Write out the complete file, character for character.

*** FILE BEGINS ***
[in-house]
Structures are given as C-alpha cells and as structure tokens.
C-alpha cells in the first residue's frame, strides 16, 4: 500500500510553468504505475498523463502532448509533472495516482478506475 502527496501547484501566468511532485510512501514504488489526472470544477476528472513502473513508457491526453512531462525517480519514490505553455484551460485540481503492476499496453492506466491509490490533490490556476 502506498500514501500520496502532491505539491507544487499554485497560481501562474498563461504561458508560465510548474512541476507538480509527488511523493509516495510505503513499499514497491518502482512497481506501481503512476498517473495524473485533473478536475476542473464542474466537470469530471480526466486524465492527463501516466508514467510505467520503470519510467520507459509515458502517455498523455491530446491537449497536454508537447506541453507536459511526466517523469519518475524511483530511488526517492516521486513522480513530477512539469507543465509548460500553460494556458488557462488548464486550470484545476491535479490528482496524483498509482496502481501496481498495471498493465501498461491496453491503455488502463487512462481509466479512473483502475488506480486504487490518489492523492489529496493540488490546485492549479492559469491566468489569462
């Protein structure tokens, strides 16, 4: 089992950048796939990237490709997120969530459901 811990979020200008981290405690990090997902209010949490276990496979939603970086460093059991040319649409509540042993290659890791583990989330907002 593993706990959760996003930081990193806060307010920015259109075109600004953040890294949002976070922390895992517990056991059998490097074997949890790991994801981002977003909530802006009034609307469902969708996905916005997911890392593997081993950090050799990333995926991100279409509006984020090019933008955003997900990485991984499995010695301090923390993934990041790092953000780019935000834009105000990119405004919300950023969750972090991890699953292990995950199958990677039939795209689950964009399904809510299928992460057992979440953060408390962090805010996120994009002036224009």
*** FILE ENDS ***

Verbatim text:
[in-house]
Structures are given as C-alpha cells and as structure tokens.
C-alpha cells in the first residue's frame, strides 16, 4: 500500500510553468504505475498523463502532448509533472495516482478506475 502527496501547484501566468511532485510512501514504488489526472470544477476528472513502473513508457491526453512531462525517480519514490505553455484551460485540481503492476499496453492506466491509490490533490490556476 502506498500514501500520496502532491505539491507544487499554485497560481501562474498563461504561458508560465510548474512541476507538480509527488511523493509516495510505503513499499514497491518502482512497481506501481503512476498517473495524473485533473478536475476542473464542474466537470469530471480526466486524465492527463501516466508514467510505467520503470519510467520507459509515458502517455498523455491530446491537449497536454508537447506541453507536459511526466517523469519518475524511483530511488526517492516521486513522480513530477512539469507543465509548460500553460494556458488557462488548464486550470484545476491535479490528482496524483498509482496502481501496481498495471498493465501498461491496453491503455488502463487512462481509466479512473483502475488506480486504487490518489492523492489529496493540488490546485492549479492559469491566468489569462
């Protein structure tokens, strides 16, 4: 089992950048796939990237490709997120969530459901 811990979020200008981290405690990090997902209010949490276990496979939603970086460093059991040319649409509540042993290659890791583990989330907002 593993706990959760996003930081990193806060307010920015259109075109600004953040890294949002976070922390895992517990056991059998490097074997949890790991994801981002977003909530802006009034609307469902969708996905916005997911890392593997081993950090050799990333995926991100279409509006984020090019933008955003997900990485991984499995010695301090923390993934990041790092953000780019935000834009105000990119405004919300950023969750972090991890699953292990995950199958990677039939795209689950964009399904809510299928992460057992979440953060408390962090805010996120994009002036224009």